Today is my brother’s birthday.  We don’t tend to make a huge deal of birthdays in my family, but this is one of the big “milestone” birthdays.  His girlfriend threw him a party on Monday night, and we are celebrating tonight and next week.  It got me thinking about milestones in our spiritual lives.  We tend to celebrate at weddings, whether they be church weddings or more secular events.  But do we celebrate other “milestone” sacraments?

Of course, there are some sacraments that seem to make more sense to attach celebrations to:  the sacraments of initiation (Baptism, First Eucharist, and Confirmation) and Matrimony or Holy Orders.  These are definitive milestones in our lives.  We become members of God’s family.  We receive Jesus for the first time in the holy sacrifice of the Mass.  We are sealed with the Holy Spirit.  We join ourselves to another, or we make a commitment to serve God as a priest or religious brother or sister.  These are causes for joy. 

It may not make sense to celebrate a “first confession” or an anointing of the sick, since those are typically more solemn sacraments, but there could be an element of celebration to them.  When a person goes to confession for the first time, he or she is restored to right relationship with God.  Isn’t that worthy of celebration? 

The sacrament of anointing of the sick is meant to give consolation and strength to those who are ill.  In this case, a celebration might be going “too far”, but we could still give thanks that God is with us in our trials.  And certainly, in the case of Last Rites, when the dying person receives the sacraments for the last time, we could celebrate that they are now ready to go to God.  Perhaps we don’t think of it as celebrating when we gather for a funeral, but part of a Catholic funeral liturgy is giving thanks to God for the life of the person who has passed away and praying for his or her soul.

Have you celebrated milestone sacraments in your life or your children’s lives?  How?  How could you incorporate a sense of celebration to other times of receiving sacraments?

Friday, October 4, 2019

Relatable


Some Saints are easier to relate to than others.  One of the more popular Saints, which the universal Church recognizes is Saint Francis of Assisi.  Many people love Francis for his devotion to animals and for his work with the poor.  There are prayers and songs attributed to Francis (whether correctly or not), which are much beloved.  Maybe it is because Francis was a member of multiple social classes throughout his life.  He appeals to the well-to-do as a model of charity, and he appeals to the lower classes because of that charity, and because he took a vow of poverty later in his life, living as one of them.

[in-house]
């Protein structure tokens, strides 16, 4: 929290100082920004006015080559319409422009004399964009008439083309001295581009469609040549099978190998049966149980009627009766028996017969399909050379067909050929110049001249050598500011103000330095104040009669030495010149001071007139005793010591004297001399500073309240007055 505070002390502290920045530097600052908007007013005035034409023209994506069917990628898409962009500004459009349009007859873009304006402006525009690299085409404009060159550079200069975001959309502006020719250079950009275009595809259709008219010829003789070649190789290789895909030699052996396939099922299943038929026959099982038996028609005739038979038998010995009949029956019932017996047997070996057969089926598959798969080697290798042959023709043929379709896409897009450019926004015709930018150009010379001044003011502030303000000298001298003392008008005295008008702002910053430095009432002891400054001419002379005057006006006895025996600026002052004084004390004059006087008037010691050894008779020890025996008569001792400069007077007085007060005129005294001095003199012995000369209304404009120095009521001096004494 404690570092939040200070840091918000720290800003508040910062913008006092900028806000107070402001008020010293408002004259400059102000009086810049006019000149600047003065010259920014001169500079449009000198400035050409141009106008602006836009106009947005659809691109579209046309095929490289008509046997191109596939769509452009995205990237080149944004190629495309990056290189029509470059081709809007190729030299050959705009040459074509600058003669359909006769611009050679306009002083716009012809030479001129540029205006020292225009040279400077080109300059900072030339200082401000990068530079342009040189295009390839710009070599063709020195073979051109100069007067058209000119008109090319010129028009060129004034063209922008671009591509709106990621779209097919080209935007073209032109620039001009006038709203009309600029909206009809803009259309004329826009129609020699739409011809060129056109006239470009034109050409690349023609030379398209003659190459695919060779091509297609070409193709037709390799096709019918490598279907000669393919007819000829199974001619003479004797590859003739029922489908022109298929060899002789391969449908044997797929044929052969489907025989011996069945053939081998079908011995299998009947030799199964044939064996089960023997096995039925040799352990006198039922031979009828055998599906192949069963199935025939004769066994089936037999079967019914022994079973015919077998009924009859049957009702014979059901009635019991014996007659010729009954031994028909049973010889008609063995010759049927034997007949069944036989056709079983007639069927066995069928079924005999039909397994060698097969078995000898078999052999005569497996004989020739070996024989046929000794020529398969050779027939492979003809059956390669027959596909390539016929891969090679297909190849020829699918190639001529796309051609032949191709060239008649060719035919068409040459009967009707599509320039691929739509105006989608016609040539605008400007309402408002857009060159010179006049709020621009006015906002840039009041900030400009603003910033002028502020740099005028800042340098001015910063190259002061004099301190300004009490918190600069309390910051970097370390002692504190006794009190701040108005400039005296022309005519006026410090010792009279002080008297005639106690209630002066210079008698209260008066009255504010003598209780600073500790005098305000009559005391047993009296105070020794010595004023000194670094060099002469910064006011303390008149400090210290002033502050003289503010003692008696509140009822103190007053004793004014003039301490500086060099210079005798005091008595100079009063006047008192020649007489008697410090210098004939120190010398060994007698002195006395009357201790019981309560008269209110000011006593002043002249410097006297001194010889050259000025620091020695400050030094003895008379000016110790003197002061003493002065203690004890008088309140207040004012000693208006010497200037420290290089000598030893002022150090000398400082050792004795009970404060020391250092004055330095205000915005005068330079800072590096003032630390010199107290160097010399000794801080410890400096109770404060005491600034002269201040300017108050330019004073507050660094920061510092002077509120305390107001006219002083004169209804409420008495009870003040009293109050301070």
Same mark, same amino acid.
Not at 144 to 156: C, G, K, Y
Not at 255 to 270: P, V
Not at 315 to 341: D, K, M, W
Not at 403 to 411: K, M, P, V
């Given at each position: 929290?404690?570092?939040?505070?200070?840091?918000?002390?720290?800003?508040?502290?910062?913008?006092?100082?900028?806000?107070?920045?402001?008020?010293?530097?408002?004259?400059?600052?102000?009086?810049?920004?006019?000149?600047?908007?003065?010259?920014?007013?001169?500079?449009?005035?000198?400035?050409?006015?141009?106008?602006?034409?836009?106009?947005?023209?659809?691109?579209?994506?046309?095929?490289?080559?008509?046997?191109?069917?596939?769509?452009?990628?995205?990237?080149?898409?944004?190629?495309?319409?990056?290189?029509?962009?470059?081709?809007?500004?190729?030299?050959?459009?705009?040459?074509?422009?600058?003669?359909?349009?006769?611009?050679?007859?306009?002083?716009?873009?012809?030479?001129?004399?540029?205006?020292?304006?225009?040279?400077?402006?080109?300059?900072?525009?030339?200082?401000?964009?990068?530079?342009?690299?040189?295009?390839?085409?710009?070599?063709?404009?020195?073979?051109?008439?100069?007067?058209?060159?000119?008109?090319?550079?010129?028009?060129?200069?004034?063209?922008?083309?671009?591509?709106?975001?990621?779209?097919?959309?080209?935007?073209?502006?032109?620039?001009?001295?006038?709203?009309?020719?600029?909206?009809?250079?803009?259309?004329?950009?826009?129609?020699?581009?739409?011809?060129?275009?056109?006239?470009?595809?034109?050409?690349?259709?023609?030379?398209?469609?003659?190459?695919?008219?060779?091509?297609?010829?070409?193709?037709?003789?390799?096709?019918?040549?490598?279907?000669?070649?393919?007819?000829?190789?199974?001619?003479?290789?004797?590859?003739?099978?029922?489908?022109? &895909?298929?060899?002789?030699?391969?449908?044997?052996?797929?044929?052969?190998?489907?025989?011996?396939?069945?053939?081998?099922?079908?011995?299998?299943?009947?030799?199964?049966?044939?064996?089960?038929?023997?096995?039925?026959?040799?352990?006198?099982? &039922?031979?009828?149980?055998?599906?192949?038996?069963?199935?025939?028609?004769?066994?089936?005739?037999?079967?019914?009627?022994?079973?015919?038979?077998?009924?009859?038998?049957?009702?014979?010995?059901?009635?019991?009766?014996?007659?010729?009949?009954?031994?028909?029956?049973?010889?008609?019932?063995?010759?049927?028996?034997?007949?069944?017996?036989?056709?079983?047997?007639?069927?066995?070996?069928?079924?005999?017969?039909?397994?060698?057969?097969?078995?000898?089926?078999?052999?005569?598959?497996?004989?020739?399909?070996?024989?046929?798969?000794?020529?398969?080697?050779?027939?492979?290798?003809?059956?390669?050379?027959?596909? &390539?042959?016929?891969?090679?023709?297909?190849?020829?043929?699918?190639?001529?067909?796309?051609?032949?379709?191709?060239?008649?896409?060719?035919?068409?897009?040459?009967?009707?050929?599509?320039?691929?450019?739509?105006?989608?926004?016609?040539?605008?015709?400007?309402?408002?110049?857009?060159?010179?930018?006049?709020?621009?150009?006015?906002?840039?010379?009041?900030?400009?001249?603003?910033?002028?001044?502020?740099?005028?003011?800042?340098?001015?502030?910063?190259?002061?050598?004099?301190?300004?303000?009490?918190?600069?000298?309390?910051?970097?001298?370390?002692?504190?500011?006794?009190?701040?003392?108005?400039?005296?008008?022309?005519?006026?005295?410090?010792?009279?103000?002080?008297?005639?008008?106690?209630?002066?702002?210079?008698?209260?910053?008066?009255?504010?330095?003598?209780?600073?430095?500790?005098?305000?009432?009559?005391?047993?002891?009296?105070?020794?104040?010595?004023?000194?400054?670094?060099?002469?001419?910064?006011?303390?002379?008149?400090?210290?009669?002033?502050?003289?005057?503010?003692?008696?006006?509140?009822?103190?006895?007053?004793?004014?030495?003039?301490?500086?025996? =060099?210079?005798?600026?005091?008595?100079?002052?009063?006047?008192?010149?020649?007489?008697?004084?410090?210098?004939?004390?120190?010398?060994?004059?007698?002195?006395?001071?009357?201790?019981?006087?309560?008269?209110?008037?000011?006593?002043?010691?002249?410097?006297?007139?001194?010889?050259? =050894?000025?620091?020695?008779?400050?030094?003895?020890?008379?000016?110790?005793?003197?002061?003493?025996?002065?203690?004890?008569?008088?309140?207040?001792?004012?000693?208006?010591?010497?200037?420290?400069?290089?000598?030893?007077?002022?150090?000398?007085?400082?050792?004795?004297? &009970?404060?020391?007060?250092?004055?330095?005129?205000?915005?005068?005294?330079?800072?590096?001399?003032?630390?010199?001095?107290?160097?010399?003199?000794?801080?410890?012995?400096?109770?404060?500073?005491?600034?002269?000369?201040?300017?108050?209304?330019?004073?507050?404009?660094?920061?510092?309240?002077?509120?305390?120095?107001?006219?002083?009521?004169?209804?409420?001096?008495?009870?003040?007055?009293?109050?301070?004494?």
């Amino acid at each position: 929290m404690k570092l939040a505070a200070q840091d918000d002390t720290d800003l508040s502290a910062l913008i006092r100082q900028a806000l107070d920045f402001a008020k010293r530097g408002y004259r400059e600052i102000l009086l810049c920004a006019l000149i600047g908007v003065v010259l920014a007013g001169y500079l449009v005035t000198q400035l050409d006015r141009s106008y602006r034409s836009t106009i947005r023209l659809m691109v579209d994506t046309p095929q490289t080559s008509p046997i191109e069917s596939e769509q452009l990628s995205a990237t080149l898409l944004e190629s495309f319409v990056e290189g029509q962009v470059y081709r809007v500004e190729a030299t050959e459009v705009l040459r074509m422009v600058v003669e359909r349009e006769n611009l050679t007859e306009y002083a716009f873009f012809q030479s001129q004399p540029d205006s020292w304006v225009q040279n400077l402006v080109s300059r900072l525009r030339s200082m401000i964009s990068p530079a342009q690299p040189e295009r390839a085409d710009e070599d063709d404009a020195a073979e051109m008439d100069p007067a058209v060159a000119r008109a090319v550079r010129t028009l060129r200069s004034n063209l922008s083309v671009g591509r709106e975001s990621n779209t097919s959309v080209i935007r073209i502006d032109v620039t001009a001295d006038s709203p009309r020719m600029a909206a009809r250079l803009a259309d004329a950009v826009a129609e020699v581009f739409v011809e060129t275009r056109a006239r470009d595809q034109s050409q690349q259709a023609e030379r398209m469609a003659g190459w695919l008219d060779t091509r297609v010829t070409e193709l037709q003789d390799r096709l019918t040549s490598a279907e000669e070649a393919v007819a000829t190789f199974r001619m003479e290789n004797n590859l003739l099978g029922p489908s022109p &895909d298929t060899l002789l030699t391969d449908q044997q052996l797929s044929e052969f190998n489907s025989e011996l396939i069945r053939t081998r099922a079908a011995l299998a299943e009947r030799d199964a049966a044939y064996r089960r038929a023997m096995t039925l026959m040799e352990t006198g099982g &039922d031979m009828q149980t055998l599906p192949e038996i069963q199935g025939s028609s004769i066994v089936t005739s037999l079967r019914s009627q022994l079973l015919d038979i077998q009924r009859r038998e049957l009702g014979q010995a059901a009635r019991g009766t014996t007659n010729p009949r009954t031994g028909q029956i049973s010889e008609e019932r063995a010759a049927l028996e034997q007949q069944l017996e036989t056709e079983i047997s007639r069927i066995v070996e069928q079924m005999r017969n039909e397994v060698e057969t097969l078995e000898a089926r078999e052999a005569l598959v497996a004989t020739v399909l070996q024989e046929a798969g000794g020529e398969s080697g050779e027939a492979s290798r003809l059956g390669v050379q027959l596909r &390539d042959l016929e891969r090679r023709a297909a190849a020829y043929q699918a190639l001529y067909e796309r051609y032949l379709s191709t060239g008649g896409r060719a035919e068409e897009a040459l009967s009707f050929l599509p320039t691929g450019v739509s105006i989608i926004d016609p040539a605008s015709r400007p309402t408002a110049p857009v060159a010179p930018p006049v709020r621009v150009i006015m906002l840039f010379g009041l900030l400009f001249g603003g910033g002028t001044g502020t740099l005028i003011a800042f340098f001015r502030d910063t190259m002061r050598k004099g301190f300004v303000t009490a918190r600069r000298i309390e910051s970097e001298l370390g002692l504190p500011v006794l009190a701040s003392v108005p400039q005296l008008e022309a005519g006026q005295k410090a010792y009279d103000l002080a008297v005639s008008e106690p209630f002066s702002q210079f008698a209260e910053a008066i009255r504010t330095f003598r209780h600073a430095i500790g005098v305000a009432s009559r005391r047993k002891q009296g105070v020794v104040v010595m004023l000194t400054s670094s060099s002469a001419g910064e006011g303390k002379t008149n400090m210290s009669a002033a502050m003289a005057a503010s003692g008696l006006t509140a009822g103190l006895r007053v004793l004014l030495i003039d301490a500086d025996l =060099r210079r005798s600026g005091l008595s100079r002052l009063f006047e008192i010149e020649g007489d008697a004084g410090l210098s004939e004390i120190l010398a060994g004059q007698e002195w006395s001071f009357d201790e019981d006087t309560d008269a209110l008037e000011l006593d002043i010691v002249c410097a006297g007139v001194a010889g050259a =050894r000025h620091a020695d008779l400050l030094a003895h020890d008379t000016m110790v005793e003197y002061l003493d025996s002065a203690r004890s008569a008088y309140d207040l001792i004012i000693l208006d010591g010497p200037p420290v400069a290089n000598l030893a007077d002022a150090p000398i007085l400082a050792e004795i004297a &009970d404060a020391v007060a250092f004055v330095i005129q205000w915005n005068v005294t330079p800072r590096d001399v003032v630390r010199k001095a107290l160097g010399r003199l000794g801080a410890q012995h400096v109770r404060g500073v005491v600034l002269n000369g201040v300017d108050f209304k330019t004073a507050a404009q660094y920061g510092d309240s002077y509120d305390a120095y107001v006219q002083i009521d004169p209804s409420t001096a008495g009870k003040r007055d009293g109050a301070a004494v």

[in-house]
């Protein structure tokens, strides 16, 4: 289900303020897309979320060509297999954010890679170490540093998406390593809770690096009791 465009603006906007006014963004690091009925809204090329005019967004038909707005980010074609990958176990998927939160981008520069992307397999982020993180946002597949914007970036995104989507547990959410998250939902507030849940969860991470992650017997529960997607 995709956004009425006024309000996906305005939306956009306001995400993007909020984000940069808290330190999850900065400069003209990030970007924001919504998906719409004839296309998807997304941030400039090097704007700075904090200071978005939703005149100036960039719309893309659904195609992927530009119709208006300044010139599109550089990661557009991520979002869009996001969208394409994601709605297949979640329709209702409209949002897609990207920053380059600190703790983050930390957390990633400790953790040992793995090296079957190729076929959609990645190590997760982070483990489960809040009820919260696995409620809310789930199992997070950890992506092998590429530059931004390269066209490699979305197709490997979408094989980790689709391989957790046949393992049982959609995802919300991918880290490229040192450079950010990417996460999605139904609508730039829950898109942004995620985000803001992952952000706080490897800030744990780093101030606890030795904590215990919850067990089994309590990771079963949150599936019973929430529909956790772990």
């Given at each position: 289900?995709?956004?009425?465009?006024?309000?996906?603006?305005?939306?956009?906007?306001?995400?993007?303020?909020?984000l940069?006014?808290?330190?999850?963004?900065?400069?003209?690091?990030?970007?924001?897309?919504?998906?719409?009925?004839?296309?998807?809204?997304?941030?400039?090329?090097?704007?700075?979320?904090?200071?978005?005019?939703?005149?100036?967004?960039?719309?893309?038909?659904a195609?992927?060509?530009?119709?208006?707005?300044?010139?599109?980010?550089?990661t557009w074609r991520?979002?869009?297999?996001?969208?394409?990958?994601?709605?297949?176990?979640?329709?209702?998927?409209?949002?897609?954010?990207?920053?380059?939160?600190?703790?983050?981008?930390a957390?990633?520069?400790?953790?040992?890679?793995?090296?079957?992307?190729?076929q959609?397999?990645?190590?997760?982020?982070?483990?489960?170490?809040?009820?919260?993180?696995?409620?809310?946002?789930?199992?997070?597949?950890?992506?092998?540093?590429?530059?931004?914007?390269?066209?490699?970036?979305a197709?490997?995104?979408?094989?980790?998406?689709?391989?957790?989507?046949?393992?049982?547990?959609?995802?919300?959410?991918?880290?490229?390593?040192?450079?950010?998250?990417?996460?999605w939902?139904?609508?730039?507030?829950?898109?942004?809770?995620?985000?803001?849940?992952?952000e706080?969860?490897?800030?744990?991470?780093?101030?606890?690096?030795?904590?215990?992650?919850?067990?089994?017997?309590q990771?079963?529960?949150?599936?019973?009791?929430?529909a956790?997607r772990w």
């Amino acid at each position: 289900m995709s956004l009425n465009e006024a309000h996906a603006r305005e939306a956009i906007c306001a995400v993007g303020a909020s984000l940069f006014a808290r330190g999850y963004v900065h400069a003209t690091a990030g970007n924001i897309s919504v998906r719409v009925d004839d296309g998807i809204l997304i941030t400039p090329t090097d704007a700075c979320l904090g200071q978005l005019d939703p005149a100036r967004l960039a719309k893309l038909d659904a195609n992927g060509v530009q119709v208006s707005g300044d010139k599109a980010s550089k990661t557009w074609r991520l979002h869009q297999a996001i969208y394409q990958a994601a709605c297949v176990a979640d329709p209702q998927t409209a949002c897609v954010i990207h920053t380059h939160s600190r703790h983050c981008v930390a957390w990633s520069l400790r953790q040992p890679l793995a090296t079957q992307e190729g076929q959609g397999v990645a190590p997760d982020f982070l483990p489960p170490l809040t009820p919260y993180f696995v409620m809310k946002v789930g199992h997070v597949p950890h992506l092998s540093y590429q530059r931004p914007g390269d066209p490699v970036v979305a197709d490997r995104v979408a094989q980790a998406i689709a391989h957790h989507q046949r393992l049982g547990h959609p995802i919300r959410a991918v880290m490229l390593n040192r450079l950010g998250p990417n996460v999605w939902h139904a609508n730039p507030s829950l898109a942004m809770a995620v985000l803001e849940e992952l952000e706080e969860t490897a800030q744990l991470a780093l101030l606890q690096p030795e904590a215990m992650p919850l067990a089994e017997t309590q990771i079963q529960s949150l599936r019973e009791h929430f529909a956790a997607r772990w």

Today there are religious orders for both men and women who follow a Franciscan spirituality, but you don't have to belong to one of these orders to emulate their lifestyles.  Francis stands for us all as a model of Christian living.  It is good, therefore, that he is so relatable.  Let us strive to live as Francis did.

Friday, September 27, 2019

Give Us A Chance


A new group of RCIA inquirers has begun meeting here at Saint Ambrose on Tuesday nights.  We call the first “stage” of RCIA (Rite of Christian Initiation of Adults) the inquiry stage because at this point, those who are participating in the process are checking out the Catholic Church.  They are deciding if this is a good fit for them, if this is what is right for them at this stage of their faith journey.

At this point, the inquirers are giving us a chance.  Obviously, we want to put our best foot forward.  We want to show the best side of the Catholic Church and why it is a great “place” to call “home” (even though the Church with a capital C is much more than just the physical building).  This can be tricky, especially given the events and scandals of recent months and years.  But as one of our newly baptized Catholics who received the sacraments at the Easter Vigil in April said to us at about this time last year, the Church is more than the actions of some of its priests.

Our inquirers have taken the first step.  They are giving us a chance.  And whether the average parishioner in the pew realizes it or not, the entire parish is a participant in forming each new potential member of the Catholic Church.

Help us help them give us a chance, and put our best foot forward.